These smaller universities, both public and private, usually have less than 10,000 students. All scholarships are equivalency scholarships, meaning that the total amount of available scholarship dollars is divided among athletes more evenly. Most athletes receive a partial scholarship, rather than a few select athletes receiving a full scholarship. While scholarship amounts vary, very few D-II athletes receive full scholarships. Approximately 110,000 students around the country are D2 student athletes.
With 195,000 students, 446 universities, and 44 conferences, D3 is the largest division. At D3 institutions, student athletes comprise roughly 25% of the student body. While D3 athletes are not eligible for athletic scholarships, 75% of D3 athletes receive some kind of non-athletic scholarship. D3 athletes also have a 5% higher graduation rate than other student athletes.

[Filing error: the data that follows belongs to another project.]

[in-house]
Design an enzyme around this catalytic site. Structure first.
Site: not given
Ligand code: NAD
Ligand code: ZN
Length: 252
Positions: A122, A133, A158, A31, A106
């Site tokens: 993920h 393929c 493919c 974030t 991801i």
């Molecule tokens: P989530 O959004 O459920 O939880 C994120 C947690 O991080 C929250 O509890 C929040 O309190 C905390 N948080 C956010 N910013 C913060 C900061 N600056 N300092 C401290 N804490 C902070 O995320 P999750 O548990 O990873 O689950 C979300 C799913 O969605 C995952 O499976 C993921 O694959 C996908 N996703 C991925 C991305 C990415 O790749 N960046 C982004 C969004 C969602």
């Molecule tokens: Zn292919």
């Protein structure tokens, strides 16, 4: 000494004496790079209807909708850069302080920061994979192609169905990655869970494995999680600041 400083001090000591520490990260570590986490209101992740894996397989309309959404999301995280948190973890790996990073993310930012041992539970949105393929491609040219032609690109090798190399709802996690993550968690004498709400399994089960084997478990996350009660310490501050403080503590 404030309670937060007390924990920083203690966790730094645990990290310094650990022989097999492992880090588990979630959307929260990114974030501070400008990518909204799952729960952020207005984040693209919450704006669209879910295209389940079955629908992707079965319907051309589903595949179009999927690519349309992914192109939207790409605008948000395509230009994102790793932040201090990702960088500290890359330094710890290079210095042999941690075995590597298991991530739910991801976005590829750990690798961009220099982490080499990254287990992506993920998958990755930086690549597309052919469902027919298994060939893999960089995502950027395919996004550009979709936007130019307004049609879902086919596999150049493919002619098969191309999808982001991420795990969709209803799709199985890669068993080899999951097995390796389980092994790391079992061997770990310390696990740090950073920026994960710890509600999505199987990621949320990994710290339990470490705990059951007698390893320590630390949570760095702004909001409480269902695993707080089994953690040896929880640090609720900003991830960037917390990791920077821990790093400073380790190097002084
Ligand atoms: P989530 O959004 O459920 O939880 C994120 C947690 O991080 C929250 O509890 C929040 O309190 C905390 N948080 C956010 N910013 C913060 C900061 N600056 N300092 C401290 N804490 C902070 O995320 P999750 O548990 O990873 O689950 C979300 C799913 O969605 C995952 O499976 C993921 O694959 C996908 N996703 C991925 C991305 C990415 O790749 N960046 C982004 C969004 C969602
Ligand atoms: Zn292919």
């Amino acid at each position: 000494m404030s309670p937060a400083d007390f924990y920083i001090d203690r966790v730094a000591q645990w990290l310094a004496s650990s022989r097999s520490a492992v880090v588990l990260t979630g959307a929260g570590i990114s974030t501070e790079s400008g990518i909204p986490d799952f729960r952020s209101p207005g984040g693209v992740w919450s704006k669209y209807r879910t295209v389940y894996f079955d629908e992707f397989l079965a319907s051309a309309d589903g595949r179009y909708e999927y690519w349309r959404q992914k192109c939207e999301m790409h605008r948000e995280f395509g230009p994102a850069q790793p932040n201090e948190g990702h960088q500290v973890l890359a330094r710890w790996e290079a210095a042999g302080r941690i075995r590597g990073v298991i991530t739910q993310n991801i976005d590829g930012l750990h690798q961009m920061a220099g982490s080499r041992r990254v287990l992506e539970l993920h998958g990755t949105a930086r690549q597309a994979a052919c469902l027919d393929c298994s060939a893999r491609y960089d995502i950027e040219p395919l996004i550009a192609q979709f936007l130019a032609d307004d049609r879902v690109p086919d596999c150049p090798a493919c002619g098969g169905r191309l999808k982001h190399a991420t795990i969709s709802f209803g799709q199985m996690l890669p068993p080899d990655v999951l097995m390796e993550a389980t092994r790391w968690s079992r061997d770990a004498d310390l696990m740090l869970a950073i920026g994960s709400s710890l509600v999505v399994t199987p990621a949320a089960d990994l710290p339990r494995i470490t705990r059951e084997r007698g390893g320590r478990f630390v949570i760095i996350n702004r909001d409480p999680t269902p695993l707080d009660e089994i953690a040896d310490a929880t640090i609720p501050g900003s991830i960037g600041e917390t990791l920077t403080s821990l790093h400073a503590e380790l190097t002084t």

More About Divisions

No matter which division you participate in, being a student-athlete has long-term post-graduation perks. Student-athletes tend to be more respected in the competitive job market, given that they have demonstrated a strong commitment to both their academics and their sport. Graduates of athletic programs also have a specific alumni network that is generally more involved than the larger alumni network of the entire school.

Student-Athlete Admissions FAQ

Is it easier for athletes to get into college?